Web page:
Generally, they place us in a room with 3 locked doors. The room contains the essentials: a table, two chairs, a phone (which the worker instructs me in front of the patient that I can use to call in case I need help), a garbage can, and a clock. The clock ticks, and the red second hand reminds me how essential it is that a person can direct her own use of time. I think that clock must be vast as the ocean for her. I feel a certain sense of guilt that I waste time doing nothing, and yet if I was in here and had nothing to do, I'd feel the difference between my own ability to do nothing with time versus not having the option to fill the time with activities.
Sanity is essential, though I've known my share of writers, artists, and musicians who would not accept sanity as a gift because insanity is a gift that keeps on giving, inspiration-wise. I've had my own bouts with trying to figure out what is real and what is not. I've crawled under the dark quilt of depression and found it simultaneously smothering and comforting. I've taken my share of antidepressants and visted my share of green-sweatered nodders, the ones who say nothing but take copious notes. But it's always been situational, explainable. My sadness could be pinned on the death of my grandmother or the loss of a job or a boyfriend who drove me hard until he wrecked me. Bad times passed, and that quilt got folded and put away. I have never, though, known the sort of darkness that doesn't go away. Keeping the darkness away is essential.
When I started the project, I was told that regular visits and the ability to do art was essential to the patient's mental health. It's something I take for granted. I can do it any time I want to. And I'm not limited on projects. Only my imagination limits what I can do. like In here, patients can paint on a shirt with puffy paint or tool a belt or sew, and if you don't enjoy those activities, well, you're out of luck. In the 3 hours we spend together, we glue, paint, and rip. We rip because I'm not allowed to bring scissors. If we paint, we need to use the cheapest paintbrushes possible, the type without a metal ring that holds the bristles in place. The metal ring is considered dangerous. And with all these restrictions on materials, I realize what is essential. I realize there's no need for fancy products or tools. In some ways, it's the ultimate "fuck you" to the long list of rules, because god damn it, we made something beautiful anyway. Making beauty out of the ordinary is essential.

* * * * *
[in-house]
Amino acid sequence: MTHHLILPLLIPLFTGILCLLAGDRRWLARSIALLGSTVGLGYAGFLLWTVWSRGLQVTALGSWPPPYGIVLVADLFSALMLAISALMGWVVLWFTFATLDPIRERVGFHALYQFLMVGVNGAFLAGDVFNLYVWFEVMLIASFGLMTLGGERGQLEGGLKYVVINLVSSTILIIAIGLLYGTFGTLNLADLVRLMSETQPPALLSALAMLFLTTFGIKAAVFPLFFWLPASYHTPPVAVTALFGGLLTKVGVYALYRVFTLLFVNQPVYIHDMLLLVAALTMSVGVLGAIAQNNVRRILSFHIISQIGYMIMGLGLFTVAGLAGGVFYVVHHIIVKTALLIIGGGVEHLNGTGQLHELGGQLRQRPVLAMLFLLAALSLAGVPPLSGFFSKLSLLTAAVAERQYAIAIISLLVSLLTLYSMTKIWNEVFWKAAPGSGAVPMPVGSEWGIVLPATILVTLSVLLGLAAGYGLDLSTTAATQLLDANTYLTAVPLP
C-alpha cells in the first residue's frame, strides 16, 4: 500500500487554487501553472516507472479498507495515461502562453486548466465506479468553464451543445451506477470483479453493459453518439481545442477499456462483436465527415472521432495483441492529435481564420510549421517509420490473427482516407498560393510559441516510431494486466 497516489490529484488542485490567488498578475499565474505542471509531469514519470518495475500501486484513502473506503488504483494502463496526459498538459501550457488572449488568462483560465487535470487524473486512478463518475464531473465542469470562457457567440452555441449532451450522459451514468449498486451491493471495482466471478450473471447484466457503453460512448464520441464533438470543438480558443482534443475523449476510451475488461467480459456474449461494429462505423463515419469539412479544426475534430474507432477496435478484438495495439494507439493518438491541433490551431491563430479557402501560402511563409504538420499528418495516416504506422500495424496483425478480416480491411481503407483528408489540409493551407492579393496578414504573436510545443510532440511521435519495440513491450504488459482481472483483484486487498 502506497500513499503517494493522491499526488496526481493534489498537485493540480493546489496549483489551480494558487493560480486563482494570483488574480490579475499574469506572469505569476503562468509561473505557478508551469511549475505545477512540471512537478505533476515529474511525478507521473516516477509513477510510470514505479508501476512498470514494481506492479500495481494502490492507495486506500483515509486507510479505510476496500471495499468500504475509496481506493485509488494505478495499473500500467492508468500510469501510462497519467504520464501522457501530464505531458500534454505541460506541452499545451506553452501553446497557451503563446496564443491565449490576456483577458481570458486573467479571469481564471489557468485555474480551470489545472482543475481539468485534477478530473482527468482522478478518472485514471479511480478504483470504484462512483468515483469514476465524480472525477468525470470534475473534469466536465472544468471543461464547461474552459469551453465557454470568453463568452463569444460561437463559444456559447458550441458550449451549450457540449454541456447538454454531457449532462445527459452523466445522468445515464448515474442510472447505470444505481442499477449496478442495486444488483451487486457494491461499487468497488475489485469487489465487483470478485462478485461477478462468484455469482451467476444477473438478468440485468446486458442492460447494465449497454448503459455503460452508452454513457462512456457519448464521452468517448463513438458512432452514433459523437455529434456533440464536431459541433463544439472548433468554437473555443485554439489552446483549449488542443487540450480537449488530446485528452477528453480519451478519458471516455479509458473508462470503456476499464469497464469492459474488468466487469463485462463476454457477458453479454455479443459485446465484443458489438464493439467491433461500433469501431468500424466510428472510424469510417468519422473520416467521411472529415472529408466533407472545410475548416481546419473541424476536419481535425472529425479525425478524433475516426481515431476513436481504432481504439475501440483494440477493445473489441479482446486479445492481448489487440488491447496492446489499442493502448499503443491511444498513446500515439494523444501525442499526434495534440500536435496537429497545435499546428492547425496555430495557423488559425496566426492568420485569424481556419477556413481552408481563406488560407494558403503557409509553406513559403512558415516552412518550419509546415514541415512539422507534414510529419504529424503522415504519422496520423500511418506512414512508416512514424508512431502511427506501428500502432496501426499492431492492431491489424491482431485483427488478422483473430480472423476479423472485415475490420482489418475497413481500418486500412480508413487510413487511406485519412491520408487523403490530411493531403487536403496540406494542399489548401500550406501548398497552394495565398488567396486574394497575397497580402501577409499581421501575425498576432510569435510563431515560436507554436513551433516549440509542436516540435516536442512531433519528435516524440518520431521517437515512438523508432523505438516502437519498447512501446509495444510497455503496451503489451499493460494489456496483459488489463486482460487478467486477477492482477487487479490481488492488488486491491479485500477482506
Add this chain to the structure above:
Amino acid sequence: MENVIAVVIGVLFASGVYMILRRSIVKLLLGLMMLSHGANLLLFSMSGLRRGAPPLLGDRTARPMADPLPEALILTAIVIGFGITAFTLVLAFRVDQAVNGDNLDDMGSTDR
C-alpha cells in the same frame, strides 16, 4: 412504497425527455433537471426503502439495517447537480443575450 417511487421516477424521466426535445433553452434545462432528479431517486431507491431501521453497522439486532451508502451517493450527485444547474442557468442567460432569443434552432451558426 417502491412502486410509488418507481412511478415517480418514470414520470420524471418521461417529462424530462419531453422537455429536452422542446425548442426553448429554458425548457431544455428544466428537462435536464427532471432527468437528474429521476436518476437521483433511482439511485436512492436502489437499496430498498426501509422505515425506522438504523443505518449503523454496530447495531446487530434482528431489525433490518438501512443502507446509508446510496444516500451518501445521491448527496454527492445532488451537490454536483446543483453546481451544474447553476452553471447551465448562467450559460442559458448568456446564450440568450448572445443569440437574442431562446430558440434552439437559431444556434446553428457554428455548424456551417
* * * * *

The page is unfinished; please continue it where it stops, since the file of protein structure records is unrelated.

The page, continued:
During my most recent visit, I watched her write messages in the cards we made, watched as she ran her tongue across the envelope flap, sealed it, and handed it to me. She asked me to mail what she'd made, and I realized that the most essential thing is having someone to send that letter to. Mail it, blog it, say it on Facebook, say it into the phone or say it to the face closest to yours. We all need a recipient, that someone who hears what you're saying--right or wrong, crazy or sane, boring or infinitely interesting--and is so glad you're around to say it because you are essential, and the world wouldn't be the same if you weren't in it.